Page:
As a character, the Ninth Doctor is less of a central heroic figure than an enabler, encouraging his companions and other people he meets to act upon their more positive impulses. Those he meets (in particular Captain Jack Harkness) often credit him with making them better people (this is indirectly referenced in the penultimate episode of Series 3 when the Master calls the Doctor "the man who makes people better"). He uses this quality alongside his intelligence and the information he gathers to inspire and allow others to act to end the dangers they face, rarely taking direct action himself (although he tended to find himself incapacitated in some manner at crucial moments, therefore requiring the interventions of others).
The Doctor's ninth incarnation was perhaps the most gritty, working class and informal, masking a lonely, guilt-ridden and melancholic personality with a jovial, witty, forthright and almost manic exterior. Similar to the Fourth Doctor, he would often make jokes in the face of danger, but then become grim and serious when on his own. Like the Sixth Doctor, he also tended to be fatalistic at times, to the point of near-panic when he and Rose were cornered in "The Unquiet Dead" and he realised that he was going to die (this despite the knowledge that he would probably just regenerate). Despite being impatient with humans, whom he often referred to as "stupid apes" -- and Mickey receiving particular scorn and being dubbed "Mickey the Idiot" -- the Ninth Doctor was far more tactile with, and reliant upon, his human companions than previous incarnations. He was notably both sentimental and emotional, especially where his closest friend, Rose, was concerned, to the point of allowing her to view her parents' wedding and later, her father's last moments — this being just one example of his occasional lack of caution.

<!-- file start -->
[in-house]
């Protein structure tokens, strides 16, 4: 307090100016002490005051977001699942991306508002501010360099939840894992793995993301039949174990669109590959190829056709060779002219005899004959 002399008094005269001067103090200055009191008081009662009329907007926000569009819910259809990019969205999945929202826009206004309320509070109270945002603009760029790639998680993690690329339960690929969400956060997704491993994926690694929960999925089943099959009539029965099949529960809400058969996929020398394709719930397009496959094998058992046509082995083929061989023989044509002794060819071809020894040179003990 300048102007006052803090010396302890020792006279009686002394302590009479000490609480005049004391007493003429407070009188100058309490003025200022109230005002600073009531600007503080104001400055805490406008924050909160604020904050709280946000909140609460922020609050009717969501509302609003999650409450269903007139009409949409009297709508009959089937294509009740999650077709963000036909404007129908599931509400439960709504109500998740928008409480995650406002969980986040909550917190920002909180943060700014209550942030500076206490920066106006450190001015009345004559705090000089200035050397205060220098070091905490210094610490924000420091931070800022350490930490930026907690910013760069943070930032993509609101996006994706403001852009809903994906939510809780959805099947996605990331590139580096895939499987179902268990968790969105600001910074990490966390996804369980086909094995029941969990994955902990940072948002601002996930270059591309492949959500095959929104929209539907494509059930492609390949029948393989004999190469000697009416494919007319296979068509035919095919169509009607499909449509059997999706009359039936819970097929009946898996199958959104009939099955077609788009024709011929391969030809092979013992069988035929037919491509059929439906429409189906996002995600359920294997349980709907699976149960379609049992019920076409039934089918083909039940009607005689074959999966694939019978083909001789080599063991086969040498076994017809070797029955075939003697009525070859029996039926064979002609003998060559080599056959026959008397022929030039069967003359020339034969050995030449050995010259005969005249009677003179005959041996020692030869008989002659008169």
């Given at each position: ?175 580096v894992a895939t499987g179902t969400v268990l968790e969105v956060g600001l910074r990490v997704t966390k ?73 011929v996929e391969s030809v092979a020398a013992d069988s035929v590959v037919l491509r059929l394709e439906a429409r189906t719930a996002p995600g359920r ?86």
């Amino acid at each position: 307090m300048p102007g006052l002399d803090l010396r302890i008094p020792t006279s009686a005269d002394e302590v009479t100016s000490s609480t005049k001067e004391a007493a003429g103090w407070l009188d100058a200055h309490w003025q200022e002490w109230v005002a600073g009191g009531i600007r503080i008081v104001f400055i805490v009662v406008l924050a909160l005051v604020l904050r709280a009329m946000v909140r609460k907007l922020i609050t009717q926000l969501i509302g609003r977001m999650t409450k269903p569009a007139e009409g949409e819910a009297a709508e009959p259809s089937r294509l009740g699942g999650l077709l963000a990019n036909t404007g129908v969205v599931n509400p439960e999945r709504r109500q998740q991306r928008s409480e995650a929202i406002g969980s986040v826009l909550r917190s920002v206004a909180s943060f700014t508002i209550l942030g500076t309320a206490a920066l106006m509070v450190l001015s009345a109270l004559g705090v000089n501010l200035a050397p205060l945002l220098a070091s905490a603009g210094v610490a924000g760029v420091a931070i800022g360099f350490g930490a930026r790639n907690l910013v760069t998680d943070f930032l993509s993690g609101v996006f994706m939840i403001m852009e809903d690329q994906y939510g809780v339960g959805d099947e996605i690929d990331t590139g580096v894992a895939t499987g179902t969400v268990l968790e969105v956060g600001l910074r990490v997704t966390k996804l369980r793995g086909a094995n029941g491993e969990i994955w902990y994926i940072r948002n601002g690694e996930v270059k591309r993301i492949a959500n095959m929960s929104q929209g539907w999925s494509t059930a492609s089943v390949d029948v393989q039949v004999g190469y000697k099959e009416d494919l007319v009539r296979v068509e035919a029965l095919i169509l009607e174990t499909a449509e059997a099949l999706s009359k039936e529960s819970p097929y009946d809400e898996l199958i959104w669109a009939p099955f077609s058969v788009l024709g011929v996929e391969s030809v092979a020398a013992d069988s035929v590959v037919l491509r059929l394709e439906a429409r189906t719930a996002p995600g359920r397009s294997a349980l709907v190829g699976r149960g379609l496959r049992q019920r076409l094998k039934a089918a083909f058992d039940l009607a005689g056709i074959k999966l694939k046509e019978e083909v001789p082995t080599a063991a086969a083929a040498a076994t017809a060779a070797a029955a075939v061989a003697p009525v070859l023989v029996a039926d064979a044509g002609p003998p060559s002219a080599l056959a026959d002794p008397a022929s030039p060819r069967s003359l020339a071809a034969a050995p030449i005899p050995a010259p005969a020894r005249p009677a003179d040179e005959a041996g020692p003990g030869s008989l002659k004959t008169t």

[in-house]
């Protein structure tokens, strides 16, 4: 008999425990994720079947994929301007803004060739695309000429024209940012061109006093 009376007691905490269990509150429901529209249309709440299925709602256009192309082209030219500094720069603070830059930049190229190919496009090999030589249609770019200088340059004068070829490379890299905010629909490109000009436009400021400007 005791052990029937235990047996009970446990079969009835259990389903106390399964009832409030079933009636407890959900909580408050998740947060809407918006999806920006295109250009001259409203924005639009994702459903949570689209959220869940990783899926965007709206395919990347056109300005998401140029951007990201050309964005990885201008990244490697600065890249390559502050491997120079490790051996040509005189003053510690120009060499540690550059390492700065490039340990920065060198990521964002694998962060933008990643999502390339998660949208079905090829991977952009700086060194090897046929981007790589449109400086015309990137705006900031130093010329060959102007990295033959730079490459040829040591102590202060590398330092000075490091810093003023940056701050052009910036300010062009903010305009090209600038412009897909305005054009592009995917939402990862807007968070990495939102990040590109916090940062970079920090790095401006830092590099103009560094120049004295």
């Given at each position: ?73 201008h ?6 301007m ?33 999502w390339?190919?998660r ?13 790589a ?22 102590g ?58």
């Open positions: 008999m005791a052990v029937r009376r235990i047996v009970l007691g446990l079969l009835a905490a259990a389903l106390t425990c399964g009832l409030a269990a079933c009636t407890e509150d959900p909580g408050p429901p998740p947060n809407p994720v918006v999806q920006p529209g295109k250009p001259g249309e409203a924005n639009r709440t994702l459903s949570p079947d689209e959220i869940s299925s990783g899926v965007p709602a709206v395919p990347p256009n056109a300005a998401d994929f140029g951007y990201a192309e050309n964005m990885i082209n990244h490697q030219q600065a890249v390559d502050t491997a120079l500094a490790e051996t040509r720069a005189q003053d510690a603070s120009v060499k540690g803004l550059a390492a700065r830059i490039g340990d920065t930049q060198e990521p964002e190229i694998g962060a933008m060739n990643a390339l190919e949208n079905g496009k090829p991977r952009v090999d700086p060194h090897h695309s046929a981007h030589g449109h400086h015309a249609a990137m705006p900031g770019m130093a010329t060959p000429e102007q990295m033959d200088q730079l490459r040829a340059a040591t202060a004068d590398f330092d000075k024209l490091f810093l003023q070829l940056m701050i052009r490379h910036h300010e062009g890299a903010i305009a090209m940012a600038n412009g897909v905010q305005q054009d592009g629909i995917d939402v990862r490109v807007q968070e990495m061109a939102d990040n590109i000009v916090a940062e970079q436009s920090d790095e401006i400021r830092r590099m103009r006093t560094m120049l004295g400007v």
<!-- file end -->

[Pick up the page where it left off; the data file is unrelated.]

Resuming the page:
The Ninth Doctor was quite colloquial in his language and spoke with a distinctly Northern accent. Although the Seventh and Eighth Doctor spoke with non-Received Pronunciation accents, the Ninth's era was the first time this was commented on in the series. When Rose questioned him on why, if he was alien, he sounded like he was from the North, the Doctor retorted, "Lots of planets have a North!"